study by the Organization for Economic Cooperation and Development found that Israel spends one-third more per Jewish Israeli student than per Arab Israeli student.
There are other inequities, too. While Arab political parties do
serve in the Knesset, by long-standing tradition Israeli prime ministers
do not include them in their governing coalitions. Most Arab Israelis do
not serve in the Israel Defense Forces, a key vehicle for advancement in
Israeli society. (Though a small Arabic-speaking religious minority,
the Druze, and some Bedouin, do.) And perhaps most fundamentally,
Israel’s flag features a Jewish star, its national anthem speaks of “the
Jewish soul,” and its immigration policy grants Jews, and only Jews,
instant citizenship. Israel is not unique in these respects. The British,
Australian, New Zealand, Swiss, Greek, Slovak, Swedish, Norwegian,
Finnish, and Danish flags all feature crosses. Germany, Ireland, Finland,
Greece, Poland, Hungary, Bulgaria, Slovakia, Slovenia, Croatia, and the
Czech Republic—all democracies—maintain immigration policies that
favor members of the state’s dominant ethnic group. But all this is cold
comfort to Arab Israelis, most of whom feel like second-class citizens,
and in important respects, truly are.
Reconciling Zionism and liberal democracy within Israel’s 1967
lines requires two kinds of changes. First, it requires eliminating those
inequities that are not inherent to Zionism itself. Being a Jewish state
does not require Israel to pursue discriminatory land policies or to
spend more on its Jewish citizens than on its Arab ones. To the contrary, such policies violate the “full and equal citizenship” promised
Arab Israelis in Israel’s declaration of independence. Similarly, maintaining a Jewish state should not prevent Arab parties from joining
government coalitions. While it is true that the major Arab parties do
not endorse Zionism, neither do some ultra-Orthodox Jewish parties
that regularly sit in the Israeli cabinet. And while it is unrealistic to

The Crisis in Israel


expect most Arab Israelis to serve in the military (an obligation from
which ultra-Orthodox Jews are also largely exempt), the Israeli government should encourage, and eventually even require, them to perform
some form of national service, making it clear that greater ser vice to
the state and better treatment from it go hand in hand. Finally, as
Herzl makes clear in Altneuland, there is nothing in the Zionist project
that requires Israel to cede control over marriage to clerics, thus forcing Jews who marry in Israel to be married by a rabbi and Christians
or Muslims to be married by a minister or imam. Instituting civil marriage, and thus giving Arabs and Jews the right to marry inside Israel
across religious lines, would not only mean greater liberty for Israel’s
Arab citizens but for its Jewish ones as well.
Accomplishing all this would be extremely difficult, but not impossible. In fact, one Israeli prime minister moved in exactly this direction. During his second stint in office, between 1992 and 1995, Yitzhak
Rabin doubled spending on education for Arab Israelis, ended the discrepancy between the amount the government paid Jewish and Arab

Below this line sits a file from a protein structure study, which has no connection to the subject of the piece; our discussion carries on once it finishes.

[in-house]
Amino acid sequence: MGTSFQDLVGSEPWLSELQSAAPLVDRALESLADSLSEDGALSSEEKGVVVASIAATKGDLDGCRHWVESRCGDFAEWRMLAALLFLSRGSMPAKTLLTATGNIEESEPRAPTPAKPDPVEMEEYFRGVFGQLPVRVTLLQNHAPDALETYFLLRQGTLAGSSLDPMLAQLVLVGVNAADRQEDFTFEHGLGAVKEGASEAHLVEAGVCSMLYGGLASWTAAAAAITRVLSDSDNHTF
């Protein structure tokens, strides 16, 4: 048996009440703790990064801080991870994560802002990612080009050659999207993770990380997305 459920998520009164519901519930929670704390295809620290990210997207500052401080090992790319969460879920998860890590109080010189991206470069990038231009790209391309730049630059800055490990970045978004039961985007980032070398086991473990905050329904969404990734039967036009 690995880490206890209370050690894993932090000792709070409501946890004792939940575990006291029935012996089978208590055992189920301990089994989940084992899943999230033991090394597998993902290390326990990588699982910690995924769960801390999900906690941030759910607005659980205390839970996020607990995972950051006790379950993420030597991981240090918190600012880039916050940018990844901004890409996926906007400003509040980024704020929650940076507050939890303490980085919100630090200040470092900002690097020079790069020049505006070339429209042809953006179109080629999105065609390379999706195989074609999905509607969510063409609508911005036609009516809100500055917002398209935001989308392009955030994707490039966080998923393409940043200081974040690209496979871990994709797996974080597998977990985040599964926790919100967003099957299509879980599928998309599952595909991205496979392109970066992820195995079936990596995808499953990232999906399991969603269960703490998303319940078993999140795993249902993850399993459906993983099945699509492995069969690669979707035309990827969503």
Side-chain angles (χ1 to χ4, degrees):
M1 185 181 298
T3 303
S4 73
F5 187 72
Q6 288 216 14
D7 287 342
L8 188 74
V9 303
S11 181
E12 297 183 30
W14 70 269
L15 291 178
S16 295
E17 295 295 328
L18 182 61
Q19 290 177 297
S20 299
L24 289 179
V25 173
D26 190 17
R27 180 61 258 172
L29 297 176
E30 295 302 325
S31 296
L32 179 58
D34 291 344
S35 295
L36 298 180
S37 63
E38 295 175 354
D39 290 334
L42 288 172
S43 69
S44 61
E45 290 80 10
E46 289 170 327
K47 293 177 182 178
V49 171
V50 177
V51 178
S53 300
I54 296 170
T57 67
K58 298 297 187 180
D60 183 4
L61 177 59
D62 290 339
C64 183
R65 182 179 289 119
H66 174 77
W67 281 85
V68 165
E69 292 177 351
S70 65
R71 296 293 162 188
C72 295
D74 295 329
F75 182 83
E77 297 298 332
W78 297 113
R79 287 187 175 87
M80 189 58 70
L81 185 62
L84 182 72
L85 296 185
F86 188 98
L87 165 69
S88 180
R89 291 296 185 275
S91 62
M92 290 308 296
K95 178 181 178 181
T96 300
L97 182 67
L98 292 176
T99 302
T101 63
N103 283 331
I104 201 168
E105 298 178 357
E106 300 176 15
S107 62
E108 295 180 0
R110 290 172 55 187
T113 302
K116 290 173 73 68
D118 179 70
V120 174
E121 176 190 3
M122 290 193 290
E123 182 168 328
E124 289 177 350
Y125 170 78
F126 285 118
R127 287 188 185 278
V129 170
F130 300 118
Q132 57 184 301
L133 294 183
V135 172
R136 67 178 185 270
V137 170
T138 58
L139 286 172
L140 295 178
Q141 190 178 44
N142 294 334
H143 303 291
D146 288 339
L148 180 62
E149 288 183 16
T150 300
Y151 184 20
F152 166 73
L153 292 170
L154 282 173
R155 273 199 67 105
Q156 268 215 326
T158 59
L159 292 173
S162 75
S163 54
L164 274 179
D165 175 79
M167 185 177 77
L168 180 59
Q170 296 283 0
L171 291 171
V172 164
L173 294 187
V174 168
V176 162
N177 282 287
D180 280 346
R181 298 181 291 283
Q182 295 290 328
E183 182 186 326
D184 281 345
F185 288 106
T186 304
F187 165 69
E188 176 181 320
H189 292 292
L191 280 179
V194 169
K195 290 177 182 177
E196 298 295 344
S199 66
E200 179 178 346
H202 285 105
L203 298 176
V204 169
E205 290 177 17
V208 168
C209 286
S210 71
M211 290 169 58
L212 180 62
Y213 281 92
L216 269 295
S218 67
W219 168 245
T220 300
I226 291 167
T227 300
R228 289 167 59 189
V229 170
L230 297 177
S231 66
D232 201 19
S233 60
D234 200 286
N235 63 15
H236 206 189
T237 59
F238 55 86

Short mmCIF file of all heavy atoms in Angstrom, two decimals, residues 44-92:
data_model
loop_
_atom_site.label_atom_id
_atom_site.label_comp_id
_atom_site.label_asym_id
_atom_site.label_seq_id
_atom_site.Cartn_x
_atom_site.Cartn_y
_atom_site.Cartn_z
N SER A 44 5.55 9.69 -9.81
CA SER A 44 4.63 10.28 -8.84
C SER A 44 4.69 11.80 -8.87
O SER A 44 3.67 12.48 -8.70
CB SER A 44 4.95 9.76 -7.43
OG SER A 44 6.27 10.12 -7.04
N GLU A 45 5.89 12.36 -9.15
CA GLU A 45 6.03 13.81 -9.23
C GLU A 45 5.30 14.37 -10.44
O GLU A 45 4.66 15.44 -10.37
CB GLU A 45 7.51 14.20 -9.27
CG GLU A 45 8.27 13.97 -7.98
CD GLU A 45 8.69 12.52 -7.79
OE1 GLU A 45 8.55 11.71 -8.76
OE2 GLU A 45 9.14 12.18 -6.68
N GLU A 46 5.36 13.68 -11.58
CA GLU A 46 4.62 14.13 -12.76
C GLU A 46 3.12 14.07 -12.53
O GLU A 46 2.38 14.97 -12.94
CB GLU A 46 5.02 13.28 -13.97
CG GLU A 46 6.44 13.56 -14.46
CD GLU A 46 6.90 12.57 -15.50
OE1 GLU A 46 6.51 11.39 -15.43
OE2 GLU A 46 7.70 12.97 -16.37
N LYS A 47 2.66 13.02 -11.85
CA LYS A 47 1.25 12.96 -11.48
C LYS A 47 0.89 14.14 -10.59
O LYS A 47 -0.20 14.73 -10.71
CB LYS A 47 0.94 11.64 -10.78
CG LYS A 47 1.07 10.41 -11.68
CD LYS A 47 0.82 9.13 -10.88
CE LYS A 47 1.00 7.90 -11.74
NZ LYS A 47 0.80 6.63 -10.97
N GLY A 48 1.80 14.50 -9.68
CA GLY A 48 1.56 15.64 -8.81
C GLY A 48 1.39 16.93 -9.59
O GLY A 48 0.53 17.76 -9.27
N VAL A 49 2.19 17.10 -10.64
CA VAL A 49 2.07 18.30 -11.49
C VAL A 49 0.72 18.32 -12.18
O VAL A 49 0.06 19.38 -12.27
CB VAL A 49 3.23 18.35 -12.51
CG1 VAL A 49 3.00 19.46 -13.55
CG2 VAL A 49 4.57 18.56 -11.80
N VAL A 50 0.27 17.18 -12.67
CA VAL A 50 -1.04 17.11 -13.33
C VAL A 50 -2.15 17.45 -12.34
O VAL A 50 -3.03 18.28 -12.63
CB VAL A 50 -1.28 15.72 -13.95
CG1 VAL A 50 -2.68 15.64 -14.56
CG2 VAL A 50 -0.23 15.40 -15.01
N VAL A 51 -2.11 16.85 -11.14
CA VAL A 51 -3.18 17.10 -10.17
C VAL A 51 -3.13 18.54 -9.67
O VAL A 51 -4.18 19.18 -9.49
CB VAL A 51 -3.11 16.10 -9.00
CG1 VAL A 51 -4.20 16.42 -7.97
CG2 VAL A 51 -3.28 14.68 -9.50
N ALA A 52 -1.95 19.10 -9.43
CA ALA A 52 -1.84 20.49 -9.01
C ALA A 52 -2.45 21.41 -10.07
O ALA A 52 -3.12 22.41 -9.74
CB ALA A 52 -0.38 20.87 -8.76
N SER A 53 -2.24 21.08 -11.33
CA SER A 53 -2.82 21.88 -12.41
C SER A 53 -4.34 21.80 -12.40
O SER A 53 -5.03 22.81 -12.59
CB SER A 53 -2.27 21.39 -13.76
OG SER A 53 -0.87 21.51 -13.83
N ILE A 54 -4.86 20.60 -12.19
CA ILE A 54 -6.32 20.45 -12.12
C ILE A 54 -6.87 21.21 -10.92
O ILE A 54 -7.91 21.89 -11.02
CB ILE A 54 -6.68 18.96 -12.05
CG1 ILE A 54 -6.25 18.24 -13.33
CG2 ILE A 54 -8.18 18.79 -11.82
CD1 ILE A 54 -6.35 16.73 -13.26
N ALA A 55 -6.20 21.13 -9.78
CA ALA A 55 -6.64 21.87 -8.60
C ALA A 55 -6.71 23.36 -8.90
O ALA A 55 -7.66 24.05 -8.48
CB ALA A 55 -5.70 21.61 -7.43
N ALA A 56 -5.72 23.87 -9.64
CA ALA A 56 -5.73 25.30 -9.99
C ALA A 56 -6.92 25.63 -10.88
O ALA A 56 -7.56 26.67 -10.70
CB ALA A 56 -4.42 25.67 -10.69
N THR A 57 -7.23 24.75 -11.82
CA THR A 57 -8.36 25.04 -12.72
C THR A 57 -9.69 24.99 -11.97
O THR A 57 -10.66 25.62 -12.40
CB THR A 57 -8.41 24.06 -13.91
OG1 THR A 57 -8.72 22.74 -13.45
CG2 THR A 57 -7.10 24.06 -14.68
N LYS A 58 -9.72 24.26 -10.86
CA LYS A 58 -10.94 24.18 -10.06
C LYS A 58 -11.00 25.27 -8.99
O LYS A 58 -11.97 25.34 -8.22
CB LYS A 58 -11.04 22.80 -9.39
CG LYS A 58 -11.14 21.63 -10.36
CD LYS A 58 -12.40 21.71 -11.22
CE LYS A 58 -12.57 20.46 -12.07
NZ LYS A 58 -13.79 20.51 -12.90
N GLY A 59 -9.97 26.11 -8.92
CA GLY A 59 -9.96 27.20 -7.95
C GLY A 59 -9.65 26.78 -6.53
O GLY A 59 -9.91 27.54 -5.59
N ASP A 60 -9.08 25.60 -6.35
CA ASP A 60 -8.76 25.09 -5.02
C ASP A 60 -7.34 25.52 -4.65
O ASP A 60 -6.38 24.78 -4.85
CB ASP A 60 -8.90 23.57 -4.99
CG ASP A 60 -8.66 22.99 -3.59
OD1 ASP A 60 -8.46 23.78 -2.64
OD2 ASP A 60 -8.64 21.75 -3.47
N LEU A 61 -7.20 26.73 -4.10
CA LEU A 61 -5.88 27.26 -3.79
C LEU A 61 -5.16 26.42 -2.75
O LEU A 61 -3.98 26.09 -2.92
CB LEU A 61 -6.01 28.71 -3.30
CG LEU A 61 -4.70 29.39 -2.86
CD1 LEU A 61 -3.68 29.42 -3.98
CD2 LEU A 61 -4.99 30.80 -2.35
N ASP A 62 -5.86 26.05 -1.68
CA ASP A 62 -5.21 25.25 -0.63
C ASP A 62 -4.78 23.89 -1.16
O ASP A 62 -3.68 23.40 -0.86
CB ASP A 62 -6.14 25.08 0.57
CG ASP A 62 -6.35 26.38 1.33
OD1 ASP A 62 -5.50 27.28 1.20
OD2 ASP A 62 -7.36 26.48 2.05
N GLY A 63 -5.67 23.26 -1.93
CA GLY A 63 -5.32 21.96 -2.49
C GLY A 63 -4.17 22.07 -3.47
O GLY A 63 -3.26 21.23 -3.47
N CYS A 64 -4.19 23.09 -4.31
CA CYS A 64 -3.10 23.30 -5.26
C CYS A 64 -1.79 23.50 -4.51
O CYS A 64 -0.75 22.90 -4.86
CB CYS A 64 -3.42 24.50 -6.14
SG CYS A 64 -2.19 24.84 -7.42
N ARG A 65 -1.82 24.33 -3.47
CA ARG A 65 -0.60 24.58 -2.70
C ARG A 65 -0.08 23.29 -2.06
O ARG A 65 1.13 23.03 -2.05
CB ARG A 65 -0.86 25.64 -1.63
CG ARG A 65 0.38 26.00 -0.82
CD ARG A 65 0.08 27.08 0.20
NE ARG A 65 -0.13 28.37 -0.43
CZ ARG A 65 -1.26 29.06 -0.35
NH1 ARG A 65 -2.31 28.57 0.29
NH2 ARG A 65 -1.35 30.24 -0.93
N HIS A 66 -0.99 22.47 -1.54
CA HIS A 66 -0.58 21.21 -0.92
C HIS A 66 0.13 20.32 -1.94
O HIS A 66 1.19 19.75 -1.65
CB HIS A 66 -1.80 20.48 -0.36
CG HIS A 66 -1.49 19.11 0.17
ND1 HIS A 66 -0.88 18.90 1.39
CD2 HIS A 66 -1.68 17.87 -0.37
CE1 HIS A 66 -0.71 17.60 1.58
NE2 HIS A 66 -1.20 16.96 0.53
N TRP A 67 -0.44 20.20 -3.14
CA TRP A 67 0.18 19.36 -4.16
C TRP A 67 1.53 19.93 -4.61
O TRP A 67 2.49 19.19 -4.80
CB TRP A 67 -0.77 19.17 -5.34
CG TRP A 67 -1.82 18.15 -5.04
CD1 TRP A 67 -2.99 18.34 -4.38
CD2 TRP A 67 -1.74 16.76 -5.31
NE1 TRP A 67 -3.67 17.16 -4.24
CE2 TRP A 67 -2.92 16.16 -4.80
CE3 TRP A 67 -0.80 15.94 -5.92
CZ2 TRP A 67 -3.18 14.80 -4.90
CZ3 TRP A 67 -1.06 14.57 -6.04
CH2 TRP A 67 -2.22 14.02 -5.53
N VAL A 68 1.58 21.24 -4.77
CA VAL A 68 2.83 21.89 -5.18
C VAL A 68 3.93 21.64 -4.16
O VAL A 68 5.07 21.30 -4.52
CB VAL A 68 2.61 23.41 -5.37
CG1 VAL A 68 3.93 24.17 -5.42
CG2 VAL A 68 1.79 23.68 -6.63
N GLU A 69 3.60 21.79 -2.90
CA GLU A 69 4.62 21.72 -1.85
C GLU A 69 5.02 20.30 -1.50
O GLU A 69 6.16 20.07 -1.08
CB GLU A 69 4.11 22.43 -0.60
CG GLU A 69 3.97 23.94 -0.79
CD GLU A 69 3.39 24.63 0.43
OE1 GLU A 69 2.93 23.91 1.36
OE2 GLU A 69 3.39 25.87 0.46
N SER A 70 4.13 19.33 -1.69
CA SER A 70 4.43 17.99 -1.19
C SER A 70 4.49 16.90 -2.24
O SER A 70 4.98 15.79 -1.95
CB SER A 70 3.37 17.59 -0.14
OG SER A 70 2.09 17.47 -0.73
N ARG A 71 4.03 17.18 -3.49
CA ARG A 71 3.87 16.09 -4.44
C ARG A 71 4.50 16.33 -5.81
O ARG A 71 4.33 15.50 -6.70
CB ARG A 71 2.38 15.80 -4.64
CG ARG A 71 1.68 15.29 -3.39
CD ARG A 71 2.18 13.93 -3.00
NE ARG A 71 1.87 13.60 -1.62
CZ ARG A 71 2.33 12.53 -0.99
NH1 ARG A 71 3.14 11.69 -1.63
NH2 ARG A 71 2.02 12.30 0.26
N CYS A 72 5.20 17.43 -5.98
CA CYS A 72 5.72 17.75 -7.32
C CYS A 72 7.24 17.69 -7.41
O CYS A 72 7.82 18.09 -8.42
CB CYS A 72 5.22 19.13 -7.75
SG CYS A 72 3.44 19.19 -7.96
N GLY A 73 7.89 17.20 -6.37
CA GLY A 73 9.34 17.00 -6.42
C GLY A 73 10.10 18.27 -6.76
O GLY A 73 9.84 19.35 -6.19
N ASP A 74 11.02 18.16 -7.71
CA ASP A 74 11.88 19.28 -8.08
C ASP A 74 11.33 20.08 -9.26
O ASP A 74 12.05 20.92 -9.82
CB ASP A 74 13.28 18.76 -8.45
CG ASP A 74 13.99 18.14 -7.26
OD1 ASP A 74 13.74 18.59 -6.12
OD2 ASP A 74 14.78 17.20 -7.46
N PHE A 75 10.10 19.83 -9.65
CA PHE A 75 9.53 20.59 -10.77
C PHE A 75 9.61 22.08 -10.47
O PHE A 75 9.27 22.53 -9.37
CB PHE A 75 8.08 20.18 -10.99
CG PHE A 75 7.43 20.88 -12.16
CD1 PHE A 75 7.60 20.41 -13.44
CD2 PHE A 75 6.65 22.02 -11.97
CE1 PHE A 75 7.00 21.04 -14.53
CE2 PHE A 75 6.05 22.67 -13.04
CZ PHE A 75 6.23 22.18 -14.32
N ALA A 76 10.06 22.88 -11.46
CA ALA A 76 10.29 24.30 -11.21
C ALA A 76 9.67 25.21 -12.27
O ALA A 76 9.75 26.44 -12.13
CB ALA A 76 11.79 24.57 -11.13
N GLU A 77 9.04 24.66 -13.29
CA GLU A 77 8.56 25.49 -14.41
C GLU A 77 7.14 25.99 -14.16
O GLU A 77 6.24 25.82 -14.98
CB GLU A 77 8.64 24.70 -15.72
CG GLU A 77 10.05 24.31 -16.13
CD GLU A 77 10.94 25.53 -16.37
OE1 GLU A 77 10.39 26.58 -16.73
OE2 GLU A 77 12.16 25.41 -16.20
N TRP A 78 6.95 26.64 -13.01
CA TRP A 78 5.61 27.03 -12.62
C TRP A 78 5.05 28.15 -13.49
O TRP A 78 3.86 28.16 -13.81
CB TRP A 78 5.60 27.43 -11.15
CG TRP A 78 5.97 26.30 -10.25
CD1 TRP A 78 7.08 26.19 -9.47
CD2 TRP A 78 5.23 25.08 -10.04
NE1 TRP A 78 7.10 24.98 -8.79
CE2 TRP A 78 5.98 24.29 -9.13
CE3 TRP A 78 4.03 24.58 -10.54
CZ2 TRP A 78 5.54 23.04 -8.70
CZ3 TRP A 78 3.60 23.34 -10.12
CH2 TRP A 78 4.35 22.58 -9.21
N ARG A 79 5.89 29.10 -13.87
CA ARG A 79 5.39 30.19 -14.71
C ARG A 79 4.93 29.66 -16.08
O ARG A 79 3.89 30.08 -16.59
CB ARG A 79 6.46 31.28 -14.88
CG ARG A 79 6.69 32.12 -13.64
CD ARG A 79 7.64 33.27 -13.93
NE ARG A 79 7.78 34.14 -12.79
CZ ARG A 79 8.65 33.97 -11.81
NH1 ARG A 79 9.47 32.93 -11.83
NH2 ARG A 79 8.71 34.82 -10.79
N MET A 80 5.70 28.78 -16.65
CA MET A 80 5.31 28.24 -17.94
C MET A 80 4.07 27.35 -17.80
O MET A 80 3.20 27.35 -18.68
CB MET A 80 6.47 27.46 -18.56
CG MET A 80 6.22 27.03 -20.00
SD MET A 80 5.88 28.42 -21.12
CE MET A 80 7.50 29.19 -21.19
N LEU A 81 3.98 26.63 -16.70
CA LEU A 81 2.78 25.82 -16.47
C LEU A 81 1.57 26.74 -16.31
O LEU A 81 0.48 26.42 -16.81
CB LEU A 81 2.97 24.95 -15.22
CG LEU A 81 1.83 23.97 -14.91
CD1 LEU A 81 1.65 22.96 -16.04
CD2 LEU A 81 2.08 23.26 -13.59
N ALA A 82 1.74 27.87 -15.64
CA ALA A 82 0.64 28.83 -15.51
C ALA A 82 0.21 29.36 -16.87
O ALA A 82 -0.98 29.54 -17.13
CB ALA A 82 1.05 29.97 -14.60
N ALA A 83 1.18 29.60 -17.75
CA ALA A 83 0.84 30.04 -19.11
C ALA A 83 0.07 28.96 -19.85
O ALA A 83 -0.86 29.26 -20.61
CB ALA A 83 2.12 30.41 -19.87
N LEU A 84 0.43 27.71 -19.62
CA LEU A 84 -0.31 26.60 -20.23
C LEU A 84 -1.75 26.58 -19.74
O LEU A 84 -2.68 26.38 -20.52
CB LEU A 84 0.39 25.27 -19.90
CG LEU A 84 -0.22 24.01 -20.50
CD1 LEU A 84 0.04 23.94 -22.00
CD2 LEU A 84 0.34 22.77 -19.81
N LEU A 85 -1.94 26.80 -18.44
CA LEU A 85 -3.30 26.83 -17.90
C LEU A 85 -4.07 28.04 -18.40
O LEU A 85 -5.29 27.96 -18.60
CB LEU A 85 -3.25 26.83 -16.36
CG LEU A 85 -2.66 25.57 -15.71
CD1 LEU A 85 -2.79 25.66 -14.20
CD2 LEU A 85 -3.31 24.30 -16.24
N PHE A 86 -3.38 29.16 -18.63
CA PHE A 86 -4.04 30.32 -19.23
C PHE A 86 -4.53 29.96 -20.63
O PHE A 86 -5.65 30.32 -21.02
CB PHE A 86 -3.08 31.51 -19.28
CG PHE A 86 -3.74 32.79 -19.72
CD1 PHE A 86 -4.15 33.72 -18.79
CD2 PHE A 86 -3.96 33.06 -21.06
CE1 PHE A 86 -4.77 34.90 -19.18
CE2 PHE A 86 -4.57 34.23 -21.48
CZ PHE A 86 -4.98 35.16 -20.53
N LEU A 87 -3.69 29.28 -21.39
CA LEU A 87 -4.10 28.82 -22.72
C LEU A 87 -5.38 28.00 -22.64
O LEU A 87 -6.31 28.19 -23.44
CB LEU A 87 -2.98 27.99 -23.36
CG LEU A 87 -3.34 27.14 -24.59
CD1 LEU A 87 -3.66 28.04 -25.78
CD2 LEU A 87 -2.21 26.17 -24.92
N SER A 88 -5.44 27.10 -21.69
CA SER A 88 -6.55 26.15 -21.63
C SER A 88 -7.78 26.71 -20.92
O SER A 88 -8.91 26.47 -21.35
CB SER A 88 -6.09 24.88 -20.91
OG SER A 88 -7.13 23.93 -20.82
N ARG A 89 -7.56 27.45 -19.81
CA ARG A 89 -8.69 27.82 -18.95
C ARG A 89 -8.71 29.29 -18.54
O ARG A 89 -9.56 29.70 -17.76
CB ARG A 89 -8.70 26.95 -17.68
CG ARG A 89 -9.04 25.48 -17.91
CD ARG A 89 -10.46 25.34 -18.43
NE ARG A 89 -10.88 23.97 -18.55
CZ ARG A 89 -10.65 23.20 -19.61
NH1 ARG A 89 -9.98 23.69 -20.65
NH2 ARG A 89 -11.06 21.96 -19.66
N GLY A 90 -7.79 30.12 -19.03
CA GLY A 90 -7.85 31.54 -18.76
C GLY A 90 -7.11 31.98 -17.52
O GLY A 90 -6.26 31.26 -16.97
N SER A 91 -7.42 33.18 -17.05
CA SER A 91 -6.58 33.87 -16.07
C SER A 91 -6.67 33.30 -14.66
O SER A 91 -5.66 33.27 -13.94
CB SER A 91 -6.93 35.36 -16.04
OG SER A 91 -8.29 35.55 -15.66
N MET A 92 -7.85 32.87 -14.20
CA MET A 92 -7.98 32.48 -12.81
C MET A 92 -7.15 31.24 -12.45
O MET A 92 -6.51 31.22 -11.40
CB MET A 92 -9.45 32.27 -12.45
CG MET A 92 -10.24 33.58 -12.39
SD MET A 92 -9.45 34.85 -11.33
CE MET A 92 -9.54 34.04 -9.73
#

families per child, and built dozens of health clinics in Arab Israeli
communities. He introduced affirmative action to boost the number of
Arab citizens in Israel’s civil ser vice and, while he didn’t formally
include Arab parties in his government, he did rely on their support in
the Knesset, and thus gave them an unofficial role.
But even if future Israeli leaders were to follow Rabin’s path, they
still would not eliminate the inequity in Zionism itself. As a Jewish
state, Israel’s anthem, flag, and Jewish right of return would still afford
Jewish Israelis a sense of national belonging and national refuge that
Arab Israelis lack. This fundamental tension between Zionism and liberal democracy cannot be fully resolved within Israel’s borders. But it
can, to some extent, be resolved outside them. Were Israel to permit the
creation of a Palestinian state that enabled a Palestinian right of return
and expressed Palestinian identity in its anthem and flag, Arab Israelis,
like diaspora Jews, would have a country that expressed their special
character as a people, even if they chose not to live there. The struggle


The Crisis of Zionism

for a liberal democratic Zionism, therefore, cannot be merely a struggle
to afford Arabs individual and even group rights inside a Jewish state.
It must also be a struggle to satisfy the Palestinians’ national yearning for a state of their own. If Israel’s founders endorsed the fi rst
goal in May 1948, when they created a Jewish state that pledged “complete equality of social and political rights to all its inhabitants irrespective of religion, race or sex,” most Zionist leaders endorsed the
second in November 1947, when they embraced the United Nations’
plan to partition British Mandatory Palestine between a Jewish and
Arab state. In recent decades, however, the struggle to achieve both
these goals has been crippled by Israel’s behavior in the land it conquered in 1967. For the past forty-four years, on the very land on
which Palestinians might establish their state—the state that could
help fulfill the liberal Zionist dream—latter-day Rabbi Geyers, secular
and religious alike, have forged an illiberal Zionism that threatens to
destroy it.

The boundary between David Littwak’s Israel and Rabbi Geyer’s winds